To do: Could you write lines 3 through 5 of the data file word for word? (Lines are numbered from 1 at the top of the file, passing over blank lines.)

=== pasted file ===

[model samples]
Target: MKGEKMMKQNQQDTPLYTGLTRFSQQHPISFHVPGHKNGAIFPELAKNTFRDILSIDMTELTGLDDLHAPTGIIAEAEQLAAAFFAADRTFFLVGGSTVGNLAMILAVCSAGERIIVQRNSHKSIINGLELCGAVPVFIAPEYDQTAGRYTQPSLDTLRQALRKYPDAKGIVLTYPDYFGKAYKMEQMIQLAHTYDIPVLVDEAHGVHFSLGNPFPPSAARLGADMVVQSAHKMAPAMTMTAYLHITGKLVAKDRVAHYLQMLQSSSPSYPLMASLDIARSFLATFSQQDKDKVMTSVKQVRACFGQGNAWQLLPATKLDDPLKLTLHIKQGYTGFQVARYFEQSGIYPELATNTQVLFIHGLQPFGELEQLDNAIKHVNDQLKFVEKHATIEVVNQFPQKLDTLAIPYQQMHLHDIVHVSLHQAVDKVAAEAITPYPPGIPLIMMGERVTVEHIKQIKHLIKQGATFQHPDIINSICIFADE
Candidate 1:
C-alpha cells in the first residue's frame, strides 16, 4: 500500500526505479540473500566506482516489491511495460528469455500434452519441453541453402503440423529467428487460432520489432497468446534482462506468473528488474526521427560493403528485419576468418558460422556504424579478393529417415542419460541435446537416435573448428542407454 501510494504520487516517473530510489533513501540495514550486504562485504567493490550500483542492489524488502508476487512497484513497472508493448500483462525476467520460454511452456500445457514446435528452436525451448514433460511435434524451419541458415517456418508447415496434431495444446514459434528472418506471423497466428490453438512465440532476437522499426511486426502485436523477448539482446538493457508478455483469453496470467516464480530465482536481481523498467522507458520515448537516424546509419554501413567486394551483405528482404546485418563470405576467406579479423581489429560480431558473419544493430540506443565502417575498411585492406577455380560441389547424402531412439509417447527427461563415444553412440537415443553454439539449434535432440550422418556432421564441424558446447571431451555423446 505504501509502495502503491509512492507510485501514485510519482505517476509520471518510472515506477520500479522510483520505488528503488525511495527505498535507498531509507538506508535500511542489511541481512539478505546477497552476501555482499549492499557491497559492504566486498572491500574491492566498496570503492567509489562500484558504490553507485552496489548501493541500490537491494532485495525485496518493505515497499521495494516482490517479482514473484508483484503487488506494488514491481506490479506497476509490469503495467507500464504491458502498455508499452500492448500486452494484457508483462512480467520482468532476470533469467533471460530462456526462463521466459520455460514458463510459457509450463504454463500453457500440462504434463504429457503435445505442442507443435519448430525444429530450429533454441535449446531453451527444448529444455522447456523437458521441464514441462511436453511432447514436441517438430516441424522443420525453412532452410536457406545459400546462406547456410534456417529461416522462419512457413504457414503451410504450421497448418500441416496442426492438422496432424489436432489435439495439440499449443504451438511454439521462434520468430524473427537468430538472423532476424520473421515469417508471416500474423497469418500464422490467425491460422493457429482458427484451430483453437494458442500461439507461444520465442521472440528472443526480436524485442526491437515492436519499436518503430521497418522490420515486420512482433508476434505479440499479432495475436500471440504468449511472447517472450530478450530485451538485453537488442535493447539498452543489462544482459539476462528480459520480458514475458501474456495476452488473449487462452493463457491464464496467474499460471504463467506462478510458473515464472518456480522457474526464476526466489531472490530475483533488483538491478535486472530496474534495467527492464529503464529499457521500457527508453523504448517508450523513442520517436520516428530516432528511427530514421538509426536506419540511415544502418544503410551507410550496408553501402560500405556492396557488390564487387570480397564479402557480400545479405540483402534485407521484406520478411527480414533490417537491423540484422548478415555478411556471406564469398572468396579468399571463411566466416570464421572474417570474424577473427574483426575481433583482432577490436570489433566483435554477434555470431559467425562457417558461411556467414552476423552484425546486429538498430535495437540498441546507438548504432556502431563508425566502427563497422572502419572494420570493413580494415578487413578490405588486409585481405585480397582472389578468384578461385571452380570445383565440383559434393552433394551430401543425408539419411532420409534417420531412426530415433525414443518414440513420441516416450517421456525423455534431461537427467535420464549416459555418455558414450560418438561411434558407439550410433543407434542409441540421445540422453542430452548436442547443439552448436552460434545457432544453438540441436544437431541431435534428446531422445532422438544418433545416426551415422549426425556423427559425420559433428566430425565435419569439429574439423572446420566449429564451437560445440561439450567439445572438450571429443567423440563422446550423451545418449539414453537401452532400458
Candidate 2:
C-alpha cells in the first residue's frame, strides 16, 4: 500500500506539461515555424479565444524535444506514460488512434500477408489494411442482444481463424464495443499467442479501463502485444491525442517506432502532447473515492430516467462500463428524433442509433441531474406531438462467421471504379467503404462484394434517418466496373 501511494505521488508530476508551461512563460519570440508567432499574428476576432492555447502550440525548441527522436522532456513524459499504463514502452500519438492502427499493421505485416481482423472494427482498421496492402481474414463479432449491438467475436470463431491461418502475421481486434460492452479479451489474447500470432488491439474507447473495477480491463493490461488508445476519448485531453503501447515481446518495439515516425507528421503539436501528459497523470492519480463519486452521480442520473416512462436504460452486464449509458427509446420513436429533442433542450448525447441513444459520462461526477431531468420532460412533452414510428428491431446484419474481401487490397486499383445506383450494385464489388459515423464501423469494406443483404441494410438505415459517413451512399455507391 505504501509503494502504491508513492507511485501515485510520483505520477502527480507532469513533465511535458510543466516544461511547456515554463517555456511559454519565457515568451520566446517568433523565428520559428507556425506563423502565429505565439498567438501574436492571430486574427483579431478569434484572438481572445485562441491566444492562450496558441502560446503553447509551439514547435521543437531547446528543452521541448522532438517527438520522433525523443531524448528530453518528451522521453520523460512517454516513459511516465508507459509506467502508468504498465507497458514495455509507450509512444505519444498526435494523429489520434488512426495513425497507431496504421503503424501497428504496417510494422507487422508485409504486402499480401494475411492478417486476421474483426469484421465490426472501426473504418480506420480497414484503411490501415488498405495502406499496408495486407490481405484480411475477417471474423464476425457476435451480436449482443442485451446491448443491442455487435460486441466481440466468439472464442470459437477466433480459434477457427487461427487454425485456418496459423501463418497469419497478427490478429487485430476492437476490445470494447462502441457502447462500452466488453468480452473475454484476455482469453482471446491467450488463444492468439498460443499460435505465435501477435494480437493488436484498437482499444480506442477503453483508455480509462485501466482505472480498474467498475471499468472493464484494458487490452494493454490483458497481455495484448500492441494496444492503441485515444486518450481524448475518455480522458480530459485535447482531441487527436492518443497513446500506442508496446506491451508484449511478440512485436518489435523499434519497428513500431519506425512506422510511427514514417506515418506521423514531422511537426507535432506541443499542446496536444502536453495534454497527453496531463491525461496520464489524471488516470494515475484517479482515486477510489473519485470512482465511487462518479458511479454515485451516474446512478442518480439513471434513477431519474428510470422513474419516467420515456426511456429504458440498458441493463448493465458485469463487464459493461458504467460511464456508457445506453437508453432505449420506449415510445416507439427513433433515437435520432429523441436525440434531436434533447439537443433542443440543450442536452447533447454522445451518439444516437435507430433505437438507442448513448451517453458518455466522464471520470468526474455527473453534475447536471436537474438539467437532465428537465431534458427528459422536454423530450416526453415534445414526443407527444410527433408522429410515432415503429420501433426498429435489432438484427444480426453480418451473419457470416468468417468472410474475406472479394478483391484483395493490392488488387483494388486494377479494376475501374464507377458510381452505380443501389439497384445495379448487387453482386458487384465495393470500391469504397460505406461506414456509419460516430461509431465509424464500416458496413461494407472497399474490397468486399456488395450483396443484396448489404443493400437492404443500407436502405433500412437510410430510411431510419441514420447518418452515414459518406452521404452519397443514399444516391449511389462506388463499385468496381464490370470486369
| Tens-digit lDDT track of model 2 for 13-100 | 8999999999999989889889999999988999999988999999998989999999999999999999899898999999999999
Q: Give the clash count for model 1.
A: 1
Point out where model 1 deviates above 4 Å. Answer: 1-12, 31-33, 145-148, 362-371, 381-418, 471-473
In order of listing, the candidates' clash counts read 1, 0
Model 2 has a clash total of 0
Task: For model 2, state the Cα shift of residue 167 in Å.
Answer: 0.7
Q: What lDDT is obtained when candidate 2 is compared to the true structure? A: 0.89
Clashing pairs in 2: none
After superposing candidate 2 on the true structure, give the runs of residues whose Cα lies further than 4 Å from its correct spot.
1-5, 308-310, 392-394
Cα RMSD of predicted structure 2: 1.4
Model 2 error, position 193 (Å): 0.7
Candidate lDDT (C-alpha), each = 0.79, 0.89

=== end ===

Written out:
Candidate 1:
C-alpha cells in the first residue's frame, strides 16, 4: 500500500526505479540473500566506482516489491511495460528469455500434452519441453541453402503440423529467428487460432520489432497468446534482462506468473528488474526521427560493403528485419576468418558460422556504424579478393529417415542419460541435446537416435573448428542407454 501510494504520487516517473530510489533513501540495514550486504562485504567493490550500483542492489524488502508476487512497484513497472508493448500483462525476467520460454511452456500445457514446435528452436525451448514433460511435434524451419541458415517456418508447415496434431495444446514459434528472418506471423497466428490453438512465440532476437522499426511486426502485436523477448539482446538493457508478455483469453496470467516464480530465482536481481523498467522507458520515448537516424546509419554501413567486394551483405528482404546485418563470405576467406579479423581489429560480431558473419544493430540506443565502417575498411585492406577455380560441389547424402531412439509417447527427461563415444553412440537415443553454439539449434535432440550422418556432421564441424558446447571431451555423446 505504501509502495502503491509512492507510485501514485510519482505517476509520471518510472515506477520500479522510483520505488528503488525511495527505498535507498531509507538506508535500511542489511541481512539478505546477497552476501555482499549492499557491497559492504566486498572491500574491492566498496570503492567509489562500484558504490553507485552496489548501493541500490537491494532485495525485496518493505515497499521495494516482490517479482514473484508483484503487488506494488514491481506490479506497476509490469503495467507500464504491458502498455508499452500492448500486452494484457508483462512480467520482468532476470533469467533471460530462456526462463521466459520455460514458463510459457509450463504454463500453457500440462504434463504429457503435445505442442507443435519448430525444429530450429533454441535449446531453451527444448529444455522447456523437458521441464514441462511436453511432447514436441517438430516441424522443420525453412532452410536457406545459400546462406547456410534456417529461416522462419512457413504457414503451410504450421497448418500441416496442426492438422496432424489436432489435439495439440499449443504451438511454439521462434520468430524473427537468430538472423532476424520473421515469417508471416500474423497469418500464422490467425491460422493457429482458427484451430483453437494458442500461439507461444520465442521472440528472443526480436524485442526491437515492436519499436518503430521497418522490420515486420512482433508476434505479440499479432495475436500471440504468449511472447517472450530478450530485451538485453537488442535493447539498452543489462544482459539476462528480459520480458514475458501474456495476452488473449487462452493463457491464464496467474499460471504463467506462478510458473515464472518456480522457474526464476526466489531472490530475483533488483538491478535486472530496474534495467527492464529503464529499457521500457527508453523504448517508450523513442520517436520516428530516432528511427530514421538509426536506419540511415544502418544503410551507410550496408553501402560500405556492396557488390564487387570480397564479402557480400545479405540483402534485407521484406520478411527480414533490417537491423540484422548478415555478411556471406564469398572468396579468399571463411566466416570464421572474417570474424577473427574483426575481433583482432577490436570489433566483435554477434555470431559467425562457417558461411556467414552476423552484425546486429538498430535495437540498441546507438548504432556502431563508425566502427563497422572502419572494420570493413580494415578487413578490405588486409585481405585480397582472389578468384578461385571452380570445383565440383559434393552433394551430401543425408539419411532420409534417420531412426530415433525414443518414440513420441516416450517421456525423455534431461537427467535420464549416459555418455558414450560418438561411434558407439550410433543407434542409441540421445540422453542430452548436442547443439552448436552460434545457432544453438540441436544437431541431435534428446531422445532422438544418433545416426551415422549426425556423427559425420559433428566430425565435419569439429574439423572446420566449429564451437560445440561439450567439445572438450571429443567423440563422446550423451545418449539414453537401452532400458
Candidate 2: